Joyce Fisher, left, talks with Victoria Candelaria of Gentiva Hospice during the ninth annual Memory Screening Day at the Roswell Elks Lodge, Tuesday morning. (Mark Wilson Photo)
Memory loss has a sort of ring to it that scares people. But taking preventative measures and catching early signs of dementia can help both individuals as well as their families.
As part of National Memory Screening Day, Comfort Keepers helped host the Alzheimer’s Foundation of America’s annual memory screening at the Elks Club Tuesday.
The free screenings were designed to help those who either worry about losing their memory, or for families and spouses who believe another is showing early signs of memory loss.
With cookies, coffee and other snacks, as well as many health related organizations and companies offering information, the lodge had a homey feeling. It was designed to make people feel comfortable.
“It’s not just about giving a test or explaining information,” explained Cindy Vogelsang, a nurse practitioner who conducted screenings.
She said it was important to develop a rapport with the patients who came in, and “get them to relax a little.”
If people were stressed or nervous, they had a tendency to score poorly. The preliminary test was out of nine points, but if anyone scored less than nine they were recommended to a doctor for a more in-depth test.
With a pretty steady flow of people, the screeners ended up testing 76 people, a slight decrease from last year’s 114.
But not everyone who showed up thought they were losing their memory. Louann Gayman goes every year just to keep checking on herself.
“I live alone,” she explained. And in order to “make sure I’m still sane,” she takes the screening annually.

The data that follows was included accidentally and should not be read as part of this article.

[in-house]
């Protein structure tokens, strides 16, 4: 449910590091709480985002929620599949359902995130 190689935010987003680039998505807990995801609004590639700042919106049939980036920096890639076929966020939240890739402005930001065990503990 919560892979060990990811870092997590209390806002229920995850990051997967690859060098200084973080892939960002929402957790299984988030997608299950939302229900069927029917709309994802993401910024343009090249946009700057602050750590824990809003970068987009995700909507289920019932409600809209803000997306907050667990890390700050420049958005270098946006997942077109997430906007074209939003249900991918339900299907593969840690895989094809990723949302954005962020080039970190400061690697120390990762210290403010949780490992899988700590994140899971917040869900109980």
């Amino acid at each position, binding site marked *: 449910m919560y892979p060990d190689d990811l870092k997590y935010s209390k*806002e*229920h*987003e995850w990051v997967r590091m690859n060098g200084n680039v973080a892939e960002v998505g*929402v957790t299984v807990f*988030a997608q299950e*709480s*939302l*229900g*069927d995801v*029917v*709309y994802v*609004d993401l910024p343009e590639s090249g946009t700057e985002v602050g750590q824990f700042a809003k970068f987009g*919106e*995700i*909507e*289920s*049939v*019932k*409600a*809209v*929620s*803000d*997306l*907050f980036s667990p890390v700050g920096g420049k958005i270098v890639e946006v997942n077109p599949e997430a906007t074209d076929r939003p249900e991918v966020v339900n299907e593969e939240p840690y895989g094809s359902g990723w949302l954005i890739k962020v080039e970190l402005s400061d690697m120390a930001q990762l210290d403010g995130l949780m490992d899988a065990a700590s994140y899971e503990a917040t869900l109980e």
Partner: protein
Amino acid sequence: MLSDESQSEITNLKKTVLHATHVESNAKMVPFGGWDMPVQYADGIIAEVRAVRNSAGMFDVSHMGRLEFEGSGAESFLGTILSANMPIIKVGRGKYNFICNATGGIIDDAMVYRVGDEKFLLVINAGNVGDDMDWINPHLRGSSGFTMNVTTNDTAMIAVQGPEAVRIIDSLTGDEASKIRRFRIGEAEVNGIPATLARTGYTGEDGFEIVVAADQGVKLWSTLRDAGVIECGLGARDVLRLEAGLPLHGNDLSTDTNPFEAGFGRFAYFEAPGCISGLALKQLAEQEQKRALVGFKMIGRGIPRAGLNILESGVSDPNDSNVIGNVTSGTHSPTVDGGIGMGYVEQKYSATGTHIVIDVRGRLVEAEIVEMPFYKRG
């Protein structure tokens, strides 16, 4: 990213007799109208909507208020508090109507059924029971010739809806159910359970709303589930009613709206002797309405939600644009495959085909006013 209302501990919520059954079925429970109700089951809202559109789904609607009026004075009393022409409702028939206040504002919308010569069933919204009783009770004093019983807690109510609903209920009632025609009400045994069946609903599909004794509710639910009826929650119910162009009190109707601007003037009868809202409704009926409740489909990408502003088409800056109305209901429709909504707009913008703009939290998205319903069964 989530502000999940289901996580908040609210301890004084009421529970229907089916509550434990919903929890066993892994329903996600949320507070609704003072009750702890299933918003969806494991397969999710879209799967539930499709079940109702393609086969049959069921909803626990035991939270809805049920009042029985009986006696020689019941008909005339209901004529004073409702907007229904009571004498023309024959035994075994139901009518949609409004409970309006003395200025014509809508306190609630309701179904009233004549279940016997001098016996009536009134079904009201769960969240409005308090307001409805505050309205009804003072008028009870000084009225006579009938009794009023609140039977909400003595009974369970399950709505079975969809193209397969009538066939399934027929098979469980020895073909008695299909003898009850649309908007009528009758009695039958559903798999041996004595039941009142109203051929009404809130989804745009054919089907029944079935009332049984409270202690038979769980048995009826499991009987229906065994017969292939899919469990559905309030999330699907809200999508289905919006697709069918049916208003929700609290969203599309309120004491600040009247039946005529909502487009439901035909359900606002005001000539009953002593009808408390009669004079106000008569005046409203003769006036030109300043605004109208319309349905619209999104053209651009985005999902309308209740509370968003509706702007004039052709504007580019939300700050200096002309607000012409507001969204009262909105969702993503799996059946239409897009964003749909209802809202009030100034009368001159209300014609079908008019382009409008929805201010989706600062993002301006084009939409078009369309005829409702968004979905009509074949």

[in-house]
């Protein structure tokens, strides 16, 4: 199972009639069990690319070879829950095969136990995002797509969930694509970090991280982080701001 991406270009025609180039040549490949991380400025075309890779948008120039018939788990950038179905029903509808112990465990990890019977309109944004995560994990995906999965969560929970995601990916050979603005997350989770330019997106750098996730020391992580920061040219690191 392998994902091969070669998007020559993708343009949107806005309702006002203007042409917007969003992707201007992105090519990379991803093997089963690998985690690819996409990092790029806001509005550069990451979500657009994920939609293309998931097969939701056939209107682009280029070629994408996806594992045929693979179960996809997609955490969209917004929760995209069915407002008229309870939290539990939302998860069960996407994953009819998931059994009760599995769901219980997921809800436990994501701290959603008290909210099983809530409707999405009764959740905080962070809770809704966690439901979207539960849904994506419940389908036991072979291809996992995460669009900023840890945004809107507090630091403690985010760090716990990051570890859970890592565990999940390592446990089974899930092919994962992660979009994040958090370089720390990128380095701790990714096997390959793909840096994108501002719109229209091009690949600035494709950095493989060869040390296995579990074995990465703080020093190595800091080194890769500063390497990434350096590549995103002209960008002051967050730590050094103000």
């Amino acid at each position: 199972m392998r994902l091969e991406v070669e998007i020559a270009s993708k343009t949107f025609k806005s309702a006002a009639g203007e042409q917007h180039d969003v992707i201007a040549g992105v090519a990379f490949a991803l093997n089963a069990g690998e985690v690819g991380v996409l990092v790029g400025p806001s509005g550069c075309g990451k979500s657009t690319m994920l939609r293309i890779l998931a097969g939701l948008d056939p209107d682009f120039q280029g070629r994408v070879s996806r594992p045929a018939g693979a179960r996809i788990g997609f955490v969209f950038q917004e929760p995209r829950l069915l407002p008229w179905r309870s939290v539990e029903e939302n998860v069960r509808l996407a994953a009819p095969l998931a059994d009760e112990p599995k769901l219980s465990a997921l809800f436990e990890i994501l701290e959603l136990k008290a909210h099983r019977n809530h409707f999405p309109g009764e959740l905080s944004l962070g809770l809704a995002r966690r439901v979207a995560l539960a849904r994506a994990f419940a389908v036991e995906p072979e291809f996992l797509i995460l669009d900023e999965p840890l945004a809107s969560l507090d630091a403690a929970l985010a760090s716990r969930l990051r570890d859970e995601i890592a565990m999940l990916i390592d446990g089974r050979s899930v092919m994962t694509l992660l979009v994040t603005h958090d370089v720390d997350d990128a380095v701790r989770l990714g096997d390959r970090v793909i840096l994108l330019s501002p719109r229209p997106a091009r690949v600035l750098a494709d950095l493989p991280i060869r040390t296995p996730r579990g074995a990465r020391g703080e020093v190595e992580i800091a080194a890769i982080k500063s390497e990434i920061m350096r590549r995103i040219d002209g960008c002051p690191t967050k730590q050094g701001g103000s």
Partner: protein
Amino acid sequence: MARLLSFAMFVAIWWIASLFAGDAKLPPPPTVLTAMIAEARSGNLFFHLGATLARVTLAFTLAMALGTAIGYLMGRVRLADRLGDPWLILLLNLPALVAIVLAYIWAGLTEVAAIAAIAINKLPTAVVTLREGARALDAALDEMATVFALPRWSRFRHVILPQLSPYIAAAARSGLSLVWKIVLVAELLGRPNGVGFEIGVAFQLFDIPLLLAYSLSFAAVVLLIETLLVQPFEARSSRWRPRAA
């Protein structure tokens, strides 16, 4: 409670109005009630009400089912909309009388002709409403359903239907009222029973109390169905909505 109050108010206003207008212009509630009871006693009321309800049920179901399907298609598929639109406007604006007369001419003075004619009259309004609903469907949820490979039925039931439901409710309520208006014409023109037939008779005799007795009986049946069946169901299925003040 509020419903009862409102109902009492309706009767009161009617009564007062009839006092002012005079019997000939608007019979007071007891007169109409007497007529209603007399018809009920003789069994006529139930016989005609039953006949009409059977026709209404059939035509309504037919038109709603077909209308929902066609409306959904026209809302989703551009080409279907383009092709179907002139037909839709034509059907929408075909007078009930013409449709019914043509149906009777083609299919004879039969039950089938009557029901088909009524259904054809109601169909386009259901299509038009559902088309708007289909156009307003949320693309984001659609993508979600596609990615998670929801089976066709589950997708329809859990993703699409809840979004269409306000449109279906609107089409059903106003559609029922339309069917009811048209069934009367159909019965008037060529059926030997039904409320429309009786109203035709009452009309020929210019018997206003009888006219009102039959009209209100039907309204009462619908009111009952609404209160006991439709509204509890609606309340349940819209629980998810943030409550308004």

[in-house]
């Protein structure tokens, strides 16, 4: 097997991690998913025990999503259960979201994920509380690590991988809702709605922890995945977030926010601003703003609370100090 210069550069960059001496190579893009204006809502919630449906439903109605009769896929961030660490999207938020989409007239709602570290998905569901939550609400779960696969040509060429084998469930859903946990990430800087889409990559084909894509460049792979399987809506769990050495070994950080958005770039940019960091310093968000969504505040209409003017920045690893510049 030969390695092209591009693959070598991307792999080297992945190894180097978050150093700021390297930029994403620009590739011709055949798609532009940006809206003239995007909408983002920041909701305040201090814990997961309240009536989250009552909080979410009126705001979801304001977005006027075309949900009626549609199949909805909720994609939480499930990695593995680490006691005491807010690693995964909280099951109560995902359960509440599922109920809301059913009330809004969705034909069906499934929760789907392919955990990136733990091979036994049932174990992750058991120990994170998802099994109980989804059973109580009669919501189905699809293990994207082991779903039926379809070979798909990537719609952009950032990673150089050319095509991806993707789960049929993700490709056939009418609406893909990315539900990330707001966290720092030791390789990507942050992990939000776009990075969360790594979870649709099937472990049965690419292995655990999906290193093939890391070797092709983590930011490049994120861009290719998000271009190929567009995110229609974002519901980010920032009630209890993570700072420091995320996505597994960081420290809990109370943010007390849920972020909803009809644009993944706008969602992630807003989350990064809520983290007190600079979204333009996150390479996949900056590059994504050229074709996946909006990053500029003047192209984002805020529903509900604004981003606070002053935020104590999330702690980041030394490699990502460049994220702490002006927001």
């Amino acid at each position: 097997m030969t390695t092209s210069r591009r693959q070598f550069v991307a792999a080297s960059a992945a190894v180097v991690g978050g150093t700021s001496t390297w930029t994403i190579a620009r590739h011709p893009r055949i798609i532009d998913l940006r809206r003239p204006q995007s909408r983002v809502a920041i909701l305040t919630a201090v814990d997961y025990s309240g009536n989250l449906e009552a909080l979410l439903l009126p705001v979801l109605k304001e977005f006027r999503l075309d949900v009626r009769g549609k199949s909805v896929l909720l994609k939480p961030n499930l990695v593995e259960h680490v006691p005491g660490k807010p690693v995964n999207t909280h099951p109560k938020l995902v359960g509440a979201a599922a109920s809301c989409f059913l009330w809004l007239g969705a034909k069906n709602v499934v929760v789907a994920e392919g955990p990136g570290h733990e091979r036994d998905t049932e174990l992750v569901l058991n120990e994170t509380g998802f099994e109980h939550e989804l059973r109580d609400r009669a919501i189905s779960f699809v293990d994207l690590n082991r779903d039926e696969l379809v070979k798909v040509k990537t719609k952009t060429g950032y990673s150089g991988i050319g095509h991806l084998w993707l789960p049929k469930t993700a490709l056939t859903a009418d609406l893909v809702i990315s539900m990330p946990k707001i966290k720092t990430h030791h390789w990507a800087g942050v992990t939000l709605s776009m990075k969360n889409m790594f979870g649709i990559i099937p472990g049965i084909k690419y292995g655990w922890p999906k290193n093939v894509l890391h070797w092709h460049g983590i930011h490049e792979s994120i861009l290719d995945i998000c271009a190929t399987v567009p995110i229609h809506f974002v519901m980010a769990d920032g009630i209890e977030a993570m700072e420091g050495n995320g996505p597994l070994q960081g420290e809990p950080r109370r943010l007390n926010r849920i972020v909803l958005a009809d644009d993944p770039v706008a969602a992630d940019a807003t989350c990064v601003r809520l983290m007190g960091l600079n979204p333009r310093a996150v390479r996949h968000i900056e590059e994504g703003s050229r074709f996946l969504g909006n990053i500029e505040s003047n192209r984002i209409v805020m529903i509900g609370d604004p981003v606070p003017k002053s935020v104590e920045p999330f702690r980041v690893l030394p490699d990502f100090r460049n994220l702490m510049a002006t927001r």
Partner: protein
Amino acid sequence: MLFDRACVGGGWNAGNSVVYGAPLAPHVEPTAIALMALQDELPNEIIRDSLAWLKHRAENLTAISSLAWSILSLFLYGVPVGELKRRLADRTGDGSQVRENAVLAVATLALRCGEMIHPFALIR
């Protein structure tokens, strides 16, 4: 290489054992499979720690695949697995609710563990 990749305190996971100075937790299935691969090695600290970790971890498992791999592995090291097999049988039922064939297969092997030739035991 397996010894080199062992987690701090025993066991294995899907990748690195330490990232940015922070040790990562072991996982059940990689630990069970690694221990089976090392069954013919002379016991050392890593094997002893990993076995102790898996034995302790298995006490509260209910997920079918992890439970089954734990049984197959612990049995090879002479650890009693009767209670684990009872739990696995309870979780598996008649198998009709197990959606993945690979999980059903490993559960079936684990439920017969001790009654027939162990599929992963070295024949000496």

Her motto is “better safe than sorry,” but she also believes in the importance of doing more than just watching television.
“A lot of people don’t do things to keep their minds active,” Gayman said. “(Experts) say to do more crosswords, but I’d rather read a book.”
Vogelsang agreed that keeping an active mind is one key factor in preventing dementia.
“The main point,” she said, “is to instill healthy habits.”
Some pointers for not only fighting off dementia but for healthy living in general are to exercise, maintain a healthy diet, drink alcohol in moderation, don’t smoke, get quality sleep, manage stress, stimulate the mind and be active — socialize.
By following at least some of these rules, Gayman passed with flying colors. But she’ll be back again next year.
“More people in town should be doing this,” she said. “I think it gives us a base line that we can control.”
Half of the reason for the memory screening is to spread awareness of dementia.
“People out in the community who probably need to be here (aren’t),” Vogelsang said. “Maybe what people learn here they’ll take out and share with the community.”